Browsing Tag

Kurdistan

Summarizing Hamit Bozarslan’s Freedom Lecture for Rojava University

On April 24, 2024, the University of Rojava (founded in 2016) held its fourth Freedom Annual Lecture Series. The lecture, featuring the distinguished Kurdish historian Professor Hamit Bozarslan, Director of the School of Advanced Studies in Social Sciences (EHESS) in Paris, France, was entitled: “Reflections on Anti-Democracy and War in the 21st Century.” With regards […]

How Would a US Withdrawal from Iraq Affect Northeast Syria?

The war in Gaza has increased tensions between Iranian-backed proxies and the US military, with Iran-backed groups carrying out over 160 attacks on US bases in Iraq and Syria since October. Iraqi PM Mohammed Shia’ al-Sudani has repeatedly called for a timetable for US forces to leave Iraq and chaired a joint Higher Military Commission […]

Seeking a Third Way: Apo’s Rojava in the Shadow of Tito’s Yugoslavia

A handful of historical reference points are commonly deployed to contextualise the Kurdish freedom movement for unfamiliar audiences. The jailed Kurdish figurehead Abdullah Öcalan is represented by his supporters as the ‘Mandela of the Middle East’ – while his detractors opt for less generous comparisons. Meanwhile, the Kurdish-led polity established around the Syrian Kurdish region […]

Roundtable: On Rushdi Anwar’s Kurdistan Art Exhibit

At the Table with Rushdi Anwar Rushdi Anwar (b.1971-) is a Kurdish artist from Halabja, Kurdistan whose upcoming exhibition, in collaboration with Artes Mundi and the British Council, will be presented at the National Museum Cardiff, UK. A round table was held by Artes Mundi with Dr. Omar Kholeif, Professor Shahram Khosravi, and Dr. Hawzhin […]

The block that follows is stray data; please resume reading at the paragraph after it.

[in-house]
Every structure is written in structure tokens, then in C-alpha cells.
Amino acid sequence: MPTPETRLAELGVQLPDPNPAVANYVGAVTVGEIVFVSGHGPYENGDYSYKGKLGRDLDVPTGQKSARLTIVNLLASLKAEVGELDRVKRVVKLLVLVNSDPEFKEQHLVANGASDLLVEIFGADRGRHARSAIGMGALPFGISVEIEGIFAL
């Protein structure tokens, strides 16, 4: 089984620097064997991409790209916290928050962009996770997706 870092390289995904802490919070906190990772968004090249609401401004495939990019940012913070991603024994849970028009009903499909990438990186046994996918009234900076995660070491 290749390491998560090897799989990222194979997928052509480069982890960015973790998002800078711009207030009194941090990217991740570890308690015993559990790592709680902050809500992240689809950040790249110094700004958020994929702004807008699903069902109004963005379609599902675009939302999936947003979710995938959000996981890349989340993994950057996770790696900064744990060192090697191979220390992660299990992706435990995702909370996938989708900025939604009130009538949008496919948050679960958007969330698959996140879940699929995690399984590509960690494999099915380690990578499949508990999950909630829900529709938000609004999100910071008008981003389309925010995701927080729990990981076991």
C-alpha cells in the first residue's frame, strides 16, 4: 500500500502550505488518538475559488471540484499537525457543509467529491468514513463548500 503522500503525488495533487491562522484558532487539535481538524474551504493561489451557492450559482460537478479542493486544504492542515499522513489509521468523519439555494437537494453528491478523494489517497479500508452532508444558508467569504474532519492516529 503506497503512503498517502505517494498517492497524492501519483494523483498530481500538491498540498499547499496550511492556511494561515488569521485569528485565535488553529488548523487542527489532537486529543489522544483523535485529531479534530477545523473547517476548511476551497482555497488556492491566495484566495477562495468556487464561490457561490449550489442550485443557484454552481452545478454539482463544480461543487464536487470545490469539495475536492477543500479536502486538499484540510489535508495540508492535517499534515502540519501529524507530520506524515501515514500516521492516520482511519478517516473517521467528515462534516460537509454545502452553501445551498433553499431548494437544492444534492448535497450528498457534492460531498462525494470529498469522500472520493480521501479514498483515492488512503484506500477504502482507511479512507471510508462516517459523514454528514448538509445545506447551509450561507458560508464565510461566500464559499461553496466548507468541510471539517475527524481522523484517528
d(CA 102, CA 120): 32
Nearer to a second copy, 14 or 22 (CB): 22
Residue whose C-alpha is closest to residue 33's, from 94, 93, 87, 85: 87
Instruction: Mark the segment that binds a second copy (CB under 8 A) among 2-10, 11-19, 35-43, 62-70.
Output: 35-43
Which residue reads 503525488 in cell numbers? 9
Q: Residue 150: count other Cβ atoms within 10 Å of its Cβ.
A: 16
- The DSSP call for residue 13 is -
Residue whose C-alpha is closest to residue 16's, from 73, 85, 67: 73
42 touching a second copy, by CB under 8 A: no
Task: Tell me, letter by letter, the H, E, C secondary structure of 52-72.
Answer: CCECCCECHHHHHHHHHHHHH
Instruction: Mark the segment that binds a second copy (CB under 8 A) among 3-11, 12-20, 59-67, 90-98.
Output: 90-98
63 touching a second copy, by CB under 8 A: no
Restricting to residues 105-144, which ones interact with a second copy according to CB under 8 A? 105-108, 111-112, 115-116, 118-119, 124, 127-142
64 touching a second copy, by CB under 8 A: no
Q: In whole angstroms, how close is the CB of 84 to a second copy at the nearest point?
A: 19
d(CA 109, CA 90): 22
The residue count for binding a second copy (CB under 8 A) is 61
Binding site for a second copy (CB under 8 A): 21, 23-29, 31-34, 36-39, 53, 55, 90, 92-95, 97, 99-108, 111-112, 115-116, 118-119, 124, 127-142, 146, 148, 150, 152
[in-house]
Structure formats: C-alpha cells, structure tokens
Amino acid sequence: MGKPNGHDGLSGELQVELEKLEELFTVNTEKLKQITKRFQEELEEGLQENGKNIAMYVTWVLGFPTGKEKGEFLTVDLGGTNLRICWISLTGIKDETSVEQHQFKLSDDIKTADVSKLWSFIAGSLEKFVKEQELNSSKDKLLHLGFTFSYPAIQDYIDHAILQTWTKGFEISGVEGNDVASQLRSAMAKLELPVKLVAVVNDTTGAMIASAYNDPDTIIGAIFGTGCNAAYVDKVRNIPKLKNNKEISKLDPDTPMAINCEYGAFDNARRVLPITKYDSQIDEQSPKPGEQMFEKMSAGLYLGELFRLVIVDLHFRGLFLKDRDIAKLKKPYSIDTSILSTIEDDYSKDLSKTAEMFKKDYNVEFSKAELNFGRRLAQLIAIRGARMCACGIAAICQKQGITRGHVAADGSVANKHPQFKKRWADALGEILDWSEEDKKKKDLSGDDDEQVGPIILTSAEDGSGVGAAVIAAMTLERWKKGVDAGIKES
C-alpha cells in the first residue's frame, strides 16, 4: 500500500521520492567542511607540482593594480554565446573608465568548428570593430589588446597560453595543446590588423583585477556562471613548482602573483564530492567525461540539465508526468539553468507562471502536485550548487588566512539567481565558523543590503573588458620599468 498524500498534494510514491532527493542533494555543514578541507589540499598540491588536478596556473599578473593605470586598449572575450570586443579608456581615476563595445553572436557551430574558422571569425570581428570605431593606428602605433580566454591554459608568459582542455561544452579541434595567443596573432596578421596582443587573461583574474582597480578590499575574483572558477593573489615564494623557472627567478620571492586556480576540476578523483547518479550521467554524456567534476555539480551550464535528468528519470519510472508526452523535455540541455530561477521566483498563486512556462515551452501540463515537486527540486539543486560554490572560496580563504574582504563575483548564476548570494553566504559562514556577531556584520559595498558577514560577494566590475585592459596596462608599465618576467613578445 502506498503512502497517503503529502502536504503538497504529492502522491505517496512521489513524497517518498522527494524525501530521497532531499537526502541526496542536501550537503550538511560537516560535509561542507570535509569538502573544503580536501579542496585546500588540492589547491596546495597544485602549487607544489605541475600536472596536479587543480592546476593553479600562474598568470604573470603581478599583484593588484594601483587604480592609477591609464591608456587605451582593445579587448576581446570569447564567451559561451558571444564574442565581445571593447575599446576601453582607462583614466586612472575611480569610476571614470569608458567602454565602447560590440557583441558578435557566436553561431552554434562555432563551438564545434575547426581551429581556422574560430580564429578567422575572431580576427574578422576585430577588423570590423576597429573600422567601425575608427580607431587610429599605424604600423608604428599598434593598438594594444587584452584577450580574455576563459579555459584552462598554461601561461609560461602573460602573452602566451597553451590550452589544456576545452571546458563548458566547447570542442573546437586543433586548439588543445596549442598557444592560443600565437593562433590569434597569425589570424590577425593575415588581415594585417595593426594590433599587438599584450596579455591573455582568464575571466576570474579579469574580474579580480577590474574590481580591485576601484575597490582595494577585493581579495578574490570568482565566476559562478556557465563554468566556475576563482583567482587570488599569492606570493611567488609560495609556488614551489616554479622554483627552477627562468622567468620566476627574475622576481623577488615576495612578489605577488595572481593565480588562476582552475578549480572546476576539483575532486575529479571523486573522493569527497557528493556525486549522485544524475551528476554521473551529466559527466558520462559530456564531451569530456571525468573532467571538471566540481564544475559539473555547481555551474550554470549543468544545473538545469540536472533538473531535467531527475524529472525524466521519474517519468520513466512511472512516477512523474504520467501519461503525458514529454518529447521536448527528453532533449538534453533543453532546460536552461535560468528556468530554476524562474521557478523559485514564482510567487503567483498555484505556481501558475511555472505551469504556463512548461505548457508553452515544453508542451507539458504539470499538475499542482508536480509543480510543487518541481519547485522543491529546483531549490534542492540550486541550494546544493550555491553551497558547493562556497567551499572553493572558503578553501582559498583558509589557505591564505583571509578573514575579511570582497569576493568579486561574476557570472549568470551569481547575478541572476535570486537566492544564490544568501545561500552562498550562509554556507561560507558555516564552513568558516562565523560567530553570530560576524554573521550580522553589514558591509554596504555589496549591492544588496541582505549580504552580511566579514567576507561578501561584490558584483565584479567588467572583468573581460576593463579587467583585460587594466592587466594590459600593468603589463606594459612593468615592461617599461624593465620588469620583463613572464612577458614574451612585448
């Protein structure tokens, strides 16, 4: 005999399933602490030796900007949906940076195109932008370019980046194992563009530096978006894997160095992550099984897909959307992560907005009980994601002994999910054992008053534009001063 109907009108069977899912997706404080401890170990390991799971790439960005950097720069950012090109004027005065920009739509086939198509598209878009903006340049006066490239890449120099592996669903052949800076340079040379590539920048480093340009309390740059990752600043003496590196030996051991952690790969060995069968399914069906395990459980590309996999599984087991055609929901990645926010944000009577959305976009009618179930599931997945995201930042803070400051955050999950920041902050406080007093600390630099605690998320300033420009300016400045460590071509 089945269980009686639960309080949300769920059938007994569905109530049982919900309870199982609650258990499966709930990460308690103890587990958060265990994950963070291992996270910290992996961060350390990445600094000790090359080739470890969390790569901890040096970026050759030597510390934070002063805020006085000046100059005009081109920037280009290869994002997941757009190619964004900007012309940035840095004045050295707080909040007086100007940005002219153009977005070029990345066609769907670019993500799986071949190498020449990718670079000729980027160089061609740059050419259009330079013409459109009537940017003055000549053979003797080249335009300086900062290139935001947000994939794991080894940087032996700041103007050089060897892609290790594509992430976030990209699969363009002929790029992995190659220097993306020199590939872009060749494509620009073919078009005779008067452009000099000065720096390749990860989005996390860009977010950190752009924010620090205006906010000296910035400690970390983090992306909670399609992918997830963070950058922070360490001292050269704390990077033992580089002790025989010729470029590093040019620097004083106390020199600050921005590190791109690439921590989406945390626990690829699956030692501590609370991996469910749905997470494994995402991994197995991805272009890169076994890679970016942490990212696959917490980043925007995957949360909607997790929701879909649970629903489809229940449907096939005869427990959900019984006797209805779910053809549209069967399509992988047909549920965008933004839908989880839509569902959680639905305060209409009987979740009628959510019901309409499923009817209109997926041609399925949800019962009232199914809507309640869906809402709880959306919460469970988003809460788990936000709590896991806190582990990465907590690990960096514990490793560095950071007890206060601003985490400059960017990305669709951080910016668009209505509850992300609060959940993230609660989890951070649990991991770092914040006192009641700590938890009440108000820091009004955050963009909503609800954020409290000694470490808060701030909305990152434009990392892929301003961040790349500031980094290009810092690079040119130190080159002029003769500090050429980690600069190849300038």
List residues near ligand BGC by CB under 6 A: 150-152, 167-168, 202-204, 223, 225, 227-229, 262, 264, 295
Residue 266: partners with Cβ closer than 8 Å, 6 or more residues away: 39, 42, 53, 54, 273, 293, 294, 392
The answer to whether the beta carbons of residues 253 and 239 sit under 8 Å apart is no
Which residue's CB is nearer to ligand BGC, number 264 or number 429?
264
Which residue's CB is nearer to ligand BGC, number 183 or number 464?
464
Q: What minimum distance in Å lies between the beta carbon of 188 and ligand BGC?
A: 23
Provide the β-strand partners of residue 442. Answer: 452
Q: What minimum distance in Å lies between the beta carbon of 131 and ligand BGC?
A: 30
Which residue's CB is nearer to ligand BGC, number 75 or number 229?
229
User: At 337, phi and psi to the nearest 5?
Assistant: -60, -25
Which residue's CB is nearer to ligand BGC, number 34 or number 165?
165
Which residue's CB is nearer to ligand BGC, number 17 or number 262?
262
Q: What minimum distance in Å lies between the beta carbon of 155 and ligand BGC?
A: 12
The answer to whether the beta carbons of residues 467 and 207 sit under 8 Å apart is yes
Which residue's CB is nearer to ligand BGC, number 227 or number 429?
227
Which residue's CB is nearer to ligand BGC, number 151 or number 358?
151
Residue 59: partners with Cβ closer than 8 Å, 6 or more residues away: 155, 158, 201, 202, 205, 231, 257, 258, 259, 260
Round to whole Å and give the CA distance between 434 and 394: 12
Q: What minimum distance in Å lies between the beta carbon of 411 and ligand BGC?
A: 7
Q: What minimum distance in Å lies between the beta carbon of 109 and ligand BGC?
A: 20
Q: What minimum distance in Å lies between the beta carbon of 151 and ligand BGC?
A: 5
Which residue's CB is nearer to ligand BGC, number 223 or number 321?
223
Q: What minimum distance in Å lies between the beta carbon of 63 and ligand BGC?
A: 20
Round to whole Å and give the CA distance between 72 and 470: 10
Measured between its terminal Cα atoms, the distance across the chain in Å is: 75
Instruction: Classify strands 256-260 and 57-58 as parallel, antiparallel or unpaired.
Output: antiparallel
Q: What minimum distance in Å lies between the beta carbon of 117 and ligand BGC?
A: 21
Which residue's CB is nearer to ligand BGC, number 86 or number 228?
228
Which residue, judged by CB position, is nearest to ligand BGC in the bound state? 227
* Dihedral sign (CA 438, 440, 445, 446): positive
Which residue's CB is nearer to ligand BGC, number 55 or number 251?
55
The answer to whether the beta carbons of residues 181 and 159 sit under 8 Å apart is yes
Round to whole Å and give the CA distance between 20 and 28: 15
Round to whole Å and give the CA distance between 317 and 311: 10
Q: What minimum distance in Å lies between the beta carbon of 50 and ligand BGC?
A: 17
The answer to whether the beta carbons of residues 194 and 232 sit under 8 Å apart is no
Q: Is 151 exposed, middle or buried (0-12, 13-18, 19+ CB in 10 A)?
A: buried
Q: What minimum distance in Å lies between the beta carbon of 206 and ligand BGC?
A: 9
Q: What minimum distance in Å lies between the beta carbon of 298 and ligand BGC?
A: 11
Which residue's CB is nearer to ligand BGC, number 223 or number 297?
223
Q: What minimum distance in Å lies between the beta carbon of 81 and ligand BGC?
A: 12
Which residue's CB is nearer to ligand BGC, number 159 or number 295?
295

Ismail Khayat’s Legacy: Grandfather of Kurdish Art

In the annals of art scholarship, readers are consistently introduced to and engage with renowned creations by various artists spanning various historical epochs and artistic movements. Amidst this discourse, the East-West dichotomy comes to the forefront, unveiling a significant disparity wherein the artistic contributions of creators from supposedly less prominent geographic locales remain concealed and […]

Ecology Councils: Grassroots Climate Strategies from Mesopotamia

“The councils have always been undoubtedly democratic, but in a sense never seen before and never thought about.” — Hannah Arendt As Greece and other parts of the world are once again engulfed by wildfires, while almost each day a new heat record is reached, an increasing number of people are realizing that the effects […]

Vian Hussein: On Painting War Displacement & Belonging

Vian Hussein is a rising Kurdish artist from Rojava, living in the UK. Her powerfully emotive pieces breach the boundaries between art and activism and moves us boldly across the emotional terrain of identity, gender, and belonging. Vian is a child of the Syrian Civil War, the offspring of displacement and asylum, of long treacherous […]

Could Donald Trump’s Return Change the Fate of Rojava?

Despite the risk of indictment, Donald Trump still seems to be enjoying considerable popularity in the United States. A survey conducted in 2021 revealed that 74% of American Republicans wanted Trump to run for president again in 2024. The news was significant then, and it is even more so now that the former president was […]

Tea in a Warzone: Holidaying with the PKK

[names in this article have been changed to protect their identities] “Biji Kurdistan, Biji Kurdistan, Biji Kurdistan!” “şehîd namirin, şehîd namirin, şehîd namirin!” Somehow I had gotten sidetracked from my post-Uni holiday and found myself in the middle of a crowd of PKK members rushing an ambulance carrying their martyred friend back from the mountains. […]

Post-Traumatic Growth: Rhetorical Listening & Kurdish Women’s Voices

Background In 2014, I took part in a pilot initiative aimed at gathering stories from Kurdish women. The project “Many Women, Many Words” sought to uncover the untold stories of women in Kurdistan during the period of Saddam Hussein’s rule and the Kurdish resistance. Kurdistan, a semi-autonomous region within Iraq, experienced a deliberate genocide orchestrated […]